Content, media, communicators and audience. Mismatching any single item can make communication ineffective, and in turn reduce the opportunity for influence. You may think of architectural content as enterprise architecture designs. You can deliver content with many different media, for example: one-on-one meetings, telephone conversations, group presentations, reports, slides, posters, web sites and videos. There is a wide range of possible communicators too: architects, business leads, actors, professors, lead developers and technology vendors to name a few. Audiences may at different times consist of: business end-users, business leaders, developers, technology management, technology operations or even non-technical people.
Getting this right is a rewarding experience. I have seen business sponsors describing the architecture of their projects. Of course they may not understand all the details, but their voice can be a powerful influence. Technology vendors will often be pleased to present their products and plans direct to your developers.
Getting this wrong can be disastrous. Imagine sending a context-free set of project slides to an audience consisting of a mixed group of business people, architects and developers, it is likely that no one will get want they want.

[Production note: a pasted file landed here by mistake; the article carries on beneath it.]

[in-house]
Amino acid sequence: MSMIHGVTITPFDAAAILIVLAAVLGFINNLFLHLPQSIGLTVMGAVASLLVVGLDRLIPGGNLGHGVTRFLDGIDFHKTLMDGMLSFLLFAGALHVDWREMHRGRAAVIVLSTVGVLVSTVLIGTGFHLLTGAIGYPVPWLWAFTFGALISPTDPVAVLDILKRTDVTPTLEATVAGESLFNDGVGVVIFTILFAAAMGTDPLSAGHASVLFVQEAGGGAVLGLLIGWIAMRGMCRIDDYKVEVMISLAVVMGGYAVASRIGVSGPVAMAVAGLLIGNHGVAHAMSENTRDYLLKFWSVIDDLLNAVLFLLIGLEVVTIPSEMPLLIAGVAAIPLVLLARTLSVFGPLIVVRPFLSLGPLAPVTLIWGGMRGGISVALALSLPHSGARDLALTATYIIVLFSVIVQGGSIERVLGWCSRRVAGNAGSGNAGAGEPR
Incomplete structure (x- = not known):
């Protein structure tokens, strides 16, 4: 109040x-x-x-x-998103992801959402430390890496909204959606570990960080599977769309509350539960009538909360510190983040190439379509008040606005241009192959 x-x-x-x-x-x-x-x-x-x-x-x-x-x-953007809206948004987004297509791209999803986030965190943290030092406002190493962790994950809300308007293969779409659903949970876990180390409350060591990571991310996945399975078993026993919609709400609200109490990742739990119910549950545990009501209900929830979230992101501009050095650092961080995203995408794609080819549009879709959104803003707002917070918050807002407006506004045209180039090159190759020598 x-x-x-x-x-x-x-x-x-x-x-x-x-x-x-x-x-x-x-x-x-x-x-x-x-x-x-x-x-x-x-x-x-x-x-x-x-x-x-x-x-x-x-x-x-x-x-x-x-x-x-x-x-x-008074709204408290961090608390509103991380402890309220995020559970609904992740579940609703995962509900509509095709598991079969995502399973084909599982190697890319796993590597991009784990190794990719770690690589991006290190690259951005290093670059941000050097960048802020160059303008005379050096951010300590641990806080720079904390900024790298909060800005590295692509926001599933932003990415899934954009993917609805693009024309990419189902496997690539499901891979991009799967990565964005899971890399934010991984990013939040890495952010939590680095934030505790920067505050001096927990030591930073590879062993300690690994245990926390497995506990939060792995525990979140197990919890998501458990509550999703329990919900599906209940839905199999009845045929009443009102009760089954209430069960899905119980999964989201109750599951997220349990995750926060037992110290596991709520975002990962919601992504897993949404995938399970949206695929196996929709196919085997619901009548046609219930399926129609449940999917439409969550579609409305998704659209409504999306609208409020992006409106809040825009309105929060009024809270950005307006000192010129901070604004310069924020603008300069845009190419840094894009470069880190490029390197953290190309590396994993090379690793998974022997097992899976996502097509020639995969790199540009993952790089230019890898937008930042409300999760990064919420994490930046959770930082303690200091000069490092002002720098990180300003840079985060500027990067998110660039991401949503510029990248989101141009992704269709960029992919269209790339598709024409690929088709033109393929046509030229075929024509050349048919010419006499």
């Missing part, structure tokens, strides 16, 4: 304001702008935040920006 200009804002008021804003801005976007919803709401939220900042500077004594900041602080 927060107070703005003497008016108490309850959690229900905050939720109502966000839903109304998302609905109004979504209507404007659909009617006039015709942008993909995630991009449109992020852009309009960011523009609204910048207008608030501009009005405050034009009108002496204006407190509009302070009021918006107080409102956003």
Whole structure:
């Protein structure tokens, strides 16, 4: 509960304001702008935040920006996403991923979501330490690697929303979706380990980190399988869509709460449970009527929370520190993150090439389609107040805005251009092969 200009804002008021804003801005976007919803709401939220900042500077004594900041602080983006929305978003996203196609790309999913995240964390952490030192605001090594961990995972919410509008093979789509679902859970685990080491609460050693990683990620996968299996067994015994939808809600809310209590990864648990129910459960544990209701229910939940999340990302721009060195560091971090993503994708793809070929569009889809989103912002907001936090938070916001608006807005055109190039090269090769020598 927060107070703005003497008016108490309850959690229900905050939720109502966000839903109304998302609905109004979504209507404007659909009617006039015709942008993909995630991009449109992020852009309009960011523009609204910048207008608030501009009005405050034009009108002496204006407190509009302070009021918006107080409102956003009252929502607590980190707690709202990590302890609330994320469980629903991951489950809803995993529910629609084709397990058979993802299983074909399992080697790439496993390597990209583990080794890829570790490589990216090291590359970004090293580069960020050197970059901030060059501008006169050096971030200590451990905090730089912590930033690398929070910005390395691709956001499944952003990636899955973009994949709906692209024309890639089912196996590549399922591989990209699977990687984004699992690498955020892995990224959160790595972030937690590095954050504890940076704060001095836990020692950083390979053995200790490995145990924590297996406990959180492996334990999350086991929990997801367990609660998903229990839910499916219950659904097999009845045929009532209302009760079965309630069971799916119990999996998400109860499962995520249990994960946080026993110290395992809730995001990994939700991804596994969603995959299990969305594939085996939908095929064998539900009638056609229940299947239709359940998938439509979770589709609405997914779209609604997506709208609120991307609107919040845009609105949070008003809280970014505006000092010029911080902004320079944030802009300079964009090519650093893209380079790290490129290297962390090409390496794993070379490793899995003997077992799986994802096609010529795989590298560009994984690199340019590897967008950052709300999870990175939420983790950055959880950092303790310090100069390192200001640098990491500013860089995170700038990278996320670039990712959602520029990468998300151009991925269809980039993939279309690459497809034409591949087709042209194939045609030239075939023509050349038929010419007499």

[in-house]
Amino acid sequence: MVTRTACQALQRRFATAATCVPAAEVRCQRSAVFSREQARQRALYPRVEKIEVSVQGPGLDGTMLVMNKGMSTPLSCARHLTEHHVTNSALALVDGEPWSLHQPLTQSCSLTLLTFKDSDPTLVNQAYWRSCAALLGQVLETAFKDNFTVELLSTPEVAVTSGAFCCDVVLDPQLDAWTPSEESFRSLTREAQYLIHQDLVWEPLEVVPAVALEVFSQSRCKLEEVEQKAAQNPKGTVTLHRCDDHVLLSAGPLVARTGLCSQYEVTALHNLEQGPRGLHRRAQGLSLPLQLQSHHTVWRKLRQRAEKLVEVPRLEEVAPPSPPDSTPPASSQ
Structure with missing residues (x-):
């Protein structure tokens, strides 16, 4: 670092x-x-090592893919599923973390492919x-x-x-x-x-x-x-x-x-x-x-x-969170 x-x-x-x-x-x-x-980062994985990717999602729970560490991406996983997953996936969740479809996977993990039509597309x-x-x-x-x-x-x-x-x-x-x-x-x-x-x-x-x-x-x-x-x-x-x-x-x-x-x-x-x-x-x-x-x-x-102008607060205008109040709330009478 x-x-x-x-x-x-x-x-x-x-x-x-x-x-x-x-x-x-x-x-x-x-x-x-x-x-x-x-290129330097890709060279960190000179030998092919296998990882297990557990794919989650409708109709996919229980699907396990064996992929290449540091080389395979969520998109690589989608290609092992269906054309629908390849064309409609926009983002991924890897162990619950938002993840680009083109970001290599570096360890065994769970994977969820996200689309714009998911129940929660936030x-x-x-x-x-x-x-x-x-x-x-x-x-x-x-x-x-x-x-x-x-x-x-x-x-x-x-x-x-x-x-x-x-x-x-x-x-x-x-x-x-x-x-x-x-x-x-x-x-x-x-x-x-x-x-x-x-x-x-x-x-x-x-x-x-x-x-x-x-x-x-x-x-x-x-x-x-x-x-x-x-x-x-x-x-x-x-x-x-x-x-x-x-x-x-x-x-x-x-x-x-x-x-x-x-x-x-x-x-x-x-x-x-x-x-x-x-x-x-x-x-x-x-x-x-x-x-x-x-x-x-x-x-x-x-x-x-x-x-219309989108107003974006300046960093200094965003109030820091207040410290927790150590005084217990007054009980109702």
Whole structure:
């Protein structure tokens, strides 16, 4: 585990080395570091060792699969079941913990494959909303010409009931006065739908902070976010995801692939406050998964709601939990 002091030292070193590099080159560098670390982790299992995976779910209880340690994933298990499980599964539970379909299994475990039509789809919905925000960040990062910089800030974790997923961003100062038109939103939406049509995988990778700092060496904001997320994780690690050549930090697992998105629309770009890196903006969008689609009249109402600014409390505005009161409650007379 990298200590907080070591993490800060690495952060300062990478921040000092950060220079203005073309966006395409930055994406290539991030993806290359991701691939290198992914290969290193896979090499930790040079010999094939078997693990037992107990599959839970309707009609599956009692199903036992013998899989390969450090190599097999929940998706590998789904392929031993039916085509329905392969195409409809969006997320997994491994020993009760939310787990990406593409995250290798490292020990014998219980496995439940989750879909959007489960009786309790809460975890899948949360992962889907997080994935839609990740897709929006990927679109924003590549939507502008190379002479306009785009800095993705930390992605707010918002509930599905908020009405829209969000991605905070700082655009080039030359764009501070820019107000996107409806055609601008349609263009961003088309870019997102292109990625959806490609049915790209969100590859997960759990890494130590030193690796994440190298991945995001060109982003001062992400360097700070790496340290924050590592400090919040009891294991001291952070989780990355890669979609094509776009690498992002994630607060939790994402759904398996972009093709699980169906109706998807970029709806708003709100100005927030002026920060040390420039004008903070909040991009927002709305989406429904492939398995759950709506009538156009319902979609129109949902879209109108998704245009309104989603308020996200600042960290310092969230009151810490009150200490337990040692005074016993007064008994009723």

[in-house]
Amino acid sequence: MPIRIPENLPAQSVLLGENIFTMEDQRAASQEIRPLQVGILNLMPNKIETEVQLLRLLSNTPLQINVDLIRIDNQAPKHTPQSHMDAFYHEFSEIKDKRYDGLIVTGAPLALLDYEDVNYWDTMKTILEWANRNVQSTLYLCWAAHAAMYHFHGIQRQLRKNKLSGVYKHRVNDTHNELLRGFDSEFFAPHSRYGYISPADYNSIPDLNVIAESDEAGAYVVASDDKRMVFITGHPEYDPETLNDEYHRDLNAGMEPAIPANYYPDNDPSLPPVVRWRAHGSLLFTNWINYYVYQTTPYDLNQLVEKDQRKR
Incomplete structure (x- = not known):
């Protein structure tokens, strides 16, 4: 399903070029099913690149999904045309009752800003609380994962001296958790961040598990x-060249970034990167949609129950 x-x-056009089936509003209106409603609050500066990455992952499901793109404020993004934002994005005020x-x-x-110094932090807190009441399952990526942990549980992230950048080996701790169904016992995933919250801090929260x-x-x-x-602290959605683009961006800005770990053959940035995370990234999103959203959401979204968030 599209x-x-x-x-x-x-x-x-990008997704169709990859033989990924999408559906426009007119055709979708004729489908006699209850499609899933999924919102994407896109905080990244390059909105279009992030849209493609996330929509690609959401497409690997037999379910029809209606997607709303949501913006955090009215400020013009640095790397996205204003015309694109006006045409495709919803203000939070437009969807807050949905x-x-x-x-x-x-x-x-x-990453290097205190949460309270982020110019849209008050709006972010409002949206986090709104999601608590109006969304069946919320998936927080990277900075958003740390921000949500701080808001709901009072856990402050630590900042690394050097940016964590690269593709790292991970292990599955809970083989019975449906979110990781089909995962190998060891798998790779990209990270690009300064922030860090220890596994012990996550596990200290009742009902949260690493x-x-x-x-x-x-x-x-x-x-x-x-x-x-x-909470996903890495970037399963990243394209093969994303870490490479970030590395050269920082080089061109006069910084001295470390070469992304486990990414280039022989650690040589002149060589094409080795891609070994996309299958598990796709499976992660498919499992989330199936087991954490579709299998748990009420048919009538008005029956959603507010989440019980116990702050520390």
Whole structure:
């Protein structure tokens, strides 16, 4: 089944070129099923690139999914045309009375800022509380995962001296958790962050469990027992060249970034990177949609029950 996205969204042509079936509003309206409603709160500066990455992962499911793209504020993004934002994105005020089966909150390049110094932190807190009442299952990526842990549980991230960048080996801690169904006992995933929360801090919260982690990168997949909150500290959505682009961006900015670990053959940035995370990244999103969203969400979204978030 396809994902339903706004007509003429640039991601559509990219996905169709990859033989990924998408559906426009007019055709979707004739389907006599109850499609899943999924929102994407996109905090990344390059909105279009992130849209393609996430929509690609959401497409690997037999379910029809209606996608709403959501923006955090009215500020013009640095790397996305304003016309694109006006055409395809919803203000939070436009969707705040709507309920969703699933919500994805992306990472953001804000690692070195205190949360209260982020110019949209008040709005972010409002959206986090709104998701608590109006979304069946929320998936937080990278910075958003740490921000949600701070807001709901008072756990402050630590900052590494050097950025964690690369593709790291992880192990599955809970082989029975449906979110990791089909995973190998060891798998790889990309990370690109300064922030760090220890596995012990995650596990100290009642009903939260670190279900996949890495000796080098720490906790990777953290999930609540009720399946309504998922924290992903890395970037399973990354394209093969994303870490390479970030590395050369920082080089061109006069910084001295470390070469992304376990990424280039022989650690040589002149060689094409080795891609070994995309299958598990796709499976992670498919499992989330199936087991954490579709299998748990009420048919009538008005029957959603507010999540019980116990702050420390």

Step 2: Increasing Trust
Increase your focus on these eight principles of trust. You may find you are already using some of these in your everyday working practices. In that case, try some of the others.
Stress the value of friendships and the importance of praising positive aspects versus criticising past choices. We each have friends, and you will recognise how those relationships are resilient to the occasional 'disaster'.
Reciprocity. Seek consistent engagement and clear communications from others. This principle suggests they will provide the same in return. How many of us bemoan the quality of document from project teams, and yet provide only scant documentation of our architectures to them?
Use the power of social networks. Gain the trust of crucial peers - the people at the centre of social networks - to increase engagement with a broader audience. Recognise that these skills rely on an intimate knowledge of social networks, knowledge difficult to gain without lengthy experience in an organisation.
To build commitment from others, seek written or public 'contracts'. The in-built behavioural trait to behave consistently will motivate people to carry out those contracts. It is surprising how effective it is just to have people state their objectives and timescales in a group e-mail message.
A successful, public record of accomplishment is a key part of influence. Openly display your expertise before seeking broad engagement: tell people about your past successes. You might try starting your presentations with a short background piece describing your past successes or a short career history. Audiences are more willing than you might expect to defer their own decision making to an obvious expert.